NEW YORK (TheStreet) -- Foreign stocks and mining stocks have performed quite poorly in 2013.Not surprisingly, the WisdomTree Commodity Country Equity ETF ( CCXE), which focuses on countries dependent on mining, has been an especially poor performer. The exchange-traded fund has fallen 8% so far this year. That compares to a 6% gain for the the iShares MSCI EAFE ETF ( EFA), and an 18% gain for the SPDR S&P 500 ( SPY). In focusing on commodity-based economies, CCXE looks much different than EFA or other broad-based foreign funds, which are usually dominated by Japan and the U.K. Russia, New Zealand and Norway are the largest country exposures in CCXE. All have weightings of approximately 13%, followed closely by South Africa with 12%. Chile, Canada, Brazil and Australia all have 11% weightings in the fund. Of all of those countries, only Norway and New Zealand have positive returns in 2013. Two of the countries, Brazil and Chile, have blown up this year with close to 20% declines. New Zealand's inclusion in the fund is a little unusual because the country doesn't have much in the way of natural resources in the ground. It has ideal weather for farming, so it is an agricultural economy that benefits by selling a lot of produce and milk to China through a free-trade agreement established in 2008. Although concerns loom about China's economy and future demand for resources like copper and iron ore, demand for food will be far less cyclical, and this bodes very well for the Kiwi economy. CCXE is fairly concentrated at the sector level with 24% in financials, 21% in energy, 15% in telecom and 12% in materials. The individual stocks in the fund have little in the way of concentrated risk. Norwegian oil giant Statoil ( STO) is the largest holding in the fund, at 5.5%, followed by Telecom Corp of New Zealand ( NZTCY) at 3.1%. There are 161 holdings in all. Like many of WisdomTree's funds, CCXE's constituency is based on dividends, and the fund's trailing 3.89% yield reflects that. But the dividends paid out by the fund are uneven because many foreign companies only pay once or twice a year. The last four quarterly dividends (per share, oldest to most recent) have been 25 cents, 22 cents, 20 cents and 44 cents. Many Norwegian and Chilean companies pay annually in the spring.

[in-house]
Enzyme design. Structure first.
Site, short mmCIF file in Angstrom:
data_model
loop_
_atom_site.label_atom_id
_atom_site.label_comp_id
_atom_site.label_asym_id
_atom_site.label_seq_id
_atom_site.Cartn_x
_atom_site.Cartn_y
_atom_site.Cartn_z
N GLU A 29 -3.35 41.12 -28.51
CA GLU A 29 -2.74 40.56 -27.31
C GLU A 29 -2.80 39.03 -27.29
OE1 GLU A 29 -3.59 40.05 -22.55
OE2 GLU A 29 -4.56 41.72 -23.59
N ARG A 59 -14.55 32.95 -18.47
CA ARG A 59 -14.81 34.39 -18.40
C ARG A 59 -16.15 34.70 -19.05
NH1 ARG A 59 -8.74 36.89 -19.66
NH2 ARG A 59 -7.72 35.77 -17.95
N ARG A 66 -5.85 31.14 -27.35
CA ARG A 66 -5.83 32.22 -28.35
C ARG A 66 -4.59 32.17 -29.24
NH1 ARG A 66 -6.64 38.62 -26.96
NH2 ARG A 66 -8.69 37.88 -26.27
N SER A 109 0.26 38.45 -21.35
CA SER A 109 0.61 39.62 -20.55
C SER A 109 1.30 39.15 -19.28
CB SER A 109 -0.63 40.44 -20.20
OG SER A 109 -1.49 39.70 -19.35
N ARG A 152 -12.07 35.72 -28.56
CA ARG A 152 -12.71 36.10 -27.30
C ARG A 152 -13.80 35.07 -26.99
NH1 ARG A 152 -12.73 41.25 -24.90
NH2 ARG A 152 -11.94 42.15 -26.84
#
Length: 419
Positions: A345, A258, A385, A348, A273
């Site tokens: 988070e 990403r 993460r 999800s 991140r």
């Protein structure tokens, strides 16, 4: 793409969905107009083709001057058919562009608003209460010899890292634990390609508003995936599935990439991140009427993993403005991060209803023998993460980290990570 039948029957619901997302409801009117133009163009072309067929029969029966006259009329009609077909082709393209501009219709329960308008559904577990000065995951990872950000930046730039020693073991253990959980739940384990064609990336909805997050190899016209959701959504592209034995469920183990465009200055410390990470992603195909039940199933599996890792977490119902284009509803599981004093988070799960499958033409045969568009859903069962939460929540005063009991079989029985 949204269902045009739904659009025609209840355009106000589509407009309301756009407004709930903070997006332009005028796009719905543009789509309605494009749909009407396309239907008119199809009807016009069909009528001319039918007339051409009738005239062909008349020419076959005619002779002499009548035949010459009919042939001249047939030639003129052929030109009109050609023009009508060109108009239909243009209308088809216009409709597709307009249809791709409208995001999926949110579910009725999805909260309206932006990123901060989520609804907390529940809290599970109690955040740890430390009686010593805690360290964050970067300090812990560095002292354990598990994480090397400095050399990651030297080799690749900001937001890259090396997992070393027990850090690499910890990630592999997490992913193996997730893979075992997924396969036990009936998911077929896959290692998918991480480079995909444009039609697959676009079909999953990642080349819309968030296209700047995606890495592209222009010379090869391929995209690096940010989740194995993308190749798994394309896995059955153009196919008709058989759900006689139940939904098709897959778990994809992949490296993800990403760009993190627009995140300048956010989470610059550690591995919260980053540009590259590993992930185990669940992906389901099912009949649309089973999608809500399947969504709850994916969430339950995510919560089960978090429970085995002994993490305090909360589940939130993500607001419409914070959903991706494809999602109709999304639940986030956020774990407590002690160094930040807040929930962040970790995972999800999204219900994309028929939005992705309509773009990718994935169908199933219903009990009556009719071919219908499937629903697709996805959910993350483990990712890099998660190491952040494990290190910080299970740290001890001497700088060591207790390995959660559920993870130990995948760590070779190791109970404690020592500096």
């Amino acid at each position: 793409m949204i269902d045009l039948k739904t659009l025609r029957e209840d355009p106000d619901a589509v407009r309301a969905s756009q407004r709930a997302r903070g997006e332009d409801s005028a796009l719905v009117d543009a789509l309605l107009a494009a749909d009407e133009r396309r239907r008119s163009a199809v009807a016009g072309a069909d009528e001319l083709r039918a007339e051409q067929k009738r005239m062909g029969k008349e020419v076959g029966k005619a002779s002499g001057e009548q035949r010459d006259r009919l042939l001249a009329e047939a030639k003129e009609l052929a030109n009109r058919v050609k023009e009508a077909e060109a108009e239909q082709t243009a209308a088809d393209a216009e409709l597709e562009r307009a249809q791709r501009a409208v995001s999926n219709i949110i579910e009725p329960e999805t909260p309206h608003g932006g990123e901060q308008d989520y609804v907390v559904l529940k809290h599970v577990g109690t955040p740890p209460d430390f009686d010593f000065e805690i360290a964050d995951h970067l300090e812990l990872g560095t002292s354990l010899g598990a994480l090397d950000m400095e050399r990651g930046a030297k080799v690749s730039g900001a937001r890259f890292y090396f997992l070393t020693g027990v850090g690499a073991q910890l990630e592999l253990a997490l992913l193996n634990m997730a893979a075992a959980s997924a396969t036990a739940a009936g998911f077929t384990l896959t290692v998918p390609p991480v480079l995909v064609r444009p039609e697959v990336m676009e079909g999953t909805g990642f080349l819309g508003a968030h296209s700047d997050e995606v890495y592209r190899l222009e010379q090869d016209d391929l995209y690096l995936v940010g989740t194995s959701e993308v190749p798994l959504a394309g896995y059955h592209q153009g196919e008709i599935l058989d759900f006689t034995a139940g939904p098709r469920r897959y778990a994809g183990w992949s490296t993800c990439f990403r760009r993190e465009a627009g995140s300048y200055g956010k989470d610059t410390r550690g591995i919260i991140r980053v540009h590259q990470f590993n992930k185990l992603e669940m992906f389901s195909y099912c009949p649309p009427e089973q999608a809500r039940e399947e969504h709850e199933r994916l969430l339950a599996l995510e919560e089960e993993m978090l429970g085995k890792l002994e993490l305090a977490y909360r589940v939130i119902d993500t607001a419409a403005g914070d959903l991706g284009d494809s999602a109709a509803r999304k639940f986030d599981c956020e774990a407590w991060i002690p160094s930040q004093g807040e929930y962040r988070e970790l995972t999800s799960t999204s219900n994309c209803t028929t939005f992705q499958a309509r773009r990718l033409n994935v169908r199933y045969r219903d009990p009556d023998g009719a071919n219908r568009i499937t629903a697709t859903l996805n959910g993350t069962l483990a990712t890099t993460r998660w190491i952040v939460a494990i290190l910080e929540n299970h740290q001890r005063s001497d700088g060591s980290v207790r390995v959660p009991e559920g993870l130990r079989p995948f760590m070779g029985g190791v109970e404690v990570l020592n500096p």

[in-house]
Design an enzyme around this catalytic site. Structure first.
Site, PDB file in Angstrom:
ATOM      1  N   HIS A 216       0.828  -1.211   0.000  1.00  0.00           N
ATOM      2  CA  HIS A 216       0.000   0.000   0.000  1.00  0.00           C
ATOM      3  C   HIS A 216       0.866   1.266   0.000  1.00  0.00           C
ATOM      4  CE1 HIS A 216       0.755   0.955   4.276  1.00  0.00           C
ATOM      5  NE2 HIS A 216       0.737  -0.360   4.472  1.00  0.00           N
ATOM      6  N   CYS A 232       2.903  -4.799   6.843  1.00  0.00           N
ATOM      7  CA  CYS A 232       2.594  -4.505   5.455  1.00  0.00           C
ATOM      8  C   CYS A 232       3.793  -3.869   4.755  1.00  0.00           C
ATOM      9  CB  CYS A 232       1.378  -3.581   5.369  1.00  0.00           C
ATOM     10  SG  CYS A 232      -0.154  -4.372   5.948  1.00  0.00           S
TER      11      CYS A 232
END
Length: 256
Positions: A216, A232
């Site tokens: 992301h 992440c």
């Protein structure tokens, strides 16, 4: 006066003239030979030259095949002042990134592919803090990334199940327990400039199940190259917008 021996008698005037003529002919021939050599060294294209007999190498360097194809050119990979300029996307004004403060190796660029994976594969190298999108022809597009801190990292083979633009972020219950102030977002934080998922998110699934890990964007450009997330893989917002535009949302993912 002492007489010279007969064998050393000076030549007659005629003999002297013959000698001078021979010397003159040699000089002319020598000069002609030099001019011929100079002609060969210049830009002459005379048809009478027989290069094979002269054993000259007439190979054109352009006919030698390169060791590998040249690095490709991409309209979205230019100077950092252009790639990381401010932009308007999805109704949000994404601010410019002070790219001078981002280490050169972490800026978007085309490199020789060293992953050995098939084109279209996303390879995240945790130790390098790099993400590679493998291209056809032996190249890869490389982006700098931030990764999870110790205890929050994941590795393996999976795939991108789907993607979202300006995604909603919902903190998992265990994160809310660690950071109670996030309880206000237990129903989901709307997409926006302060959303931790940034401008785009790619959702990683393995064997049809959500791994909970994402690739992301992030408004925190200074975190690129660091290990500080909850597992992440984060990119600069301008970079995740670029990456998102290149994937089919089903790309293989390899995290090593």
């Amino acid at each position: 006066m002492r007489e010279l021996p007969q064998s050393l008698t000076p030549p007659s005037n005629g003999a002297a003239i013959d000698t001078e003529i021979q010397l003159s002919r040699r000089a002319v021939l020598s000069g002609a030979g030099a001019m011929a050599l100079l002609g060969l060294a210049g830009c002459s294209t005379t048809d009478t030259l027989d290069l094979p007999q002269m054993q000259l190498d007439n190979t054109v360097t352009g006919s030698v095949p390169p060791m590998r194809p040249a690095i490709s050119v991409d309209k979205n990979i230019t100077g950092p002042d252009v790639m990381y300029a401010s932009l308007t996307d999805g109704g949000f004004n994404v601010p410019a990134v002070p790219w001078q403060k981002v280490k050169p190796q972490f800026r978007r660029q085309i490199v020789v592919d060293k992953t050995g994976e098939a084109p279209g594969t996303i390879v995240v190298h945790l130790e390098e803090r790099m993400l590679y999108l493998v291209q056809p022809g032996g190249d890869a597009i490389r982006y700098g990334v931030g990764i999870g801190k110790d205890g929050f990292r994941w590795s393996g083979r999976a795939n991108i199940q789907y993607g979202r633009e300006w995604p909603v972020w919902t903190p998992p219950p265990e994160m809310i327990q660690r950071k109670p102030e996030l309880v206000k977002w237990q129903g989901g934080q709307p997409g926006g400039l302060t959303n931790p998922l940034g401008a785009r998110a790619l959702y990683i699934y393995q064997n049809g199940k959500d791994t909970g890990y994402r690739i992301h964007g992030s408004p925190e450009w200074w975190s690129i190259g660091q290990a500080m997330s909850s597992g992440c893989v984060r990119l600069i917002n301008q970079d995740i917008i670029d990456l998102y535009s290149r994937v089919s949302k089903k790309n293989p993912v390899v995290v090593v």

The investment appeal of the commodity-based countries is that their economic cycles -- and their stocks markets -- tend to rise and fall at different times than service-based economies such as U.S. This means the stocks of these countries often have a low -- or sometimes negative, as has been the case this -- correlation to U.S. equities. Through most of the last decade, many of the countries in CCXE dramatically outperformed U.S. stocks and continued to move higher for months after the S&P 500 peaked in October 2007. So it is not unusual that these countries have struggled for the last couple of years as domestic stocks have skyrocketed. Although it is impossible to know with certainty when commodity-based countries will again lead, they will rotate back into favor at some point. The U.S. bull market is now the fifth longest on record, according to Bespoke Investment Group. Anecdotally, investors have been losing patience with emerging markets, foreign developed markets and commodities. This is a good indication that we could be near the bottom for the commodity-based countries. At the time of publication, Nusbaum had no holdings of securities mentioned, but his firm held shares of STO on behalf of many of its clients. Follow @randomroger This article is commentary by an independent contributor, separate from TheStreet's regular news coverage.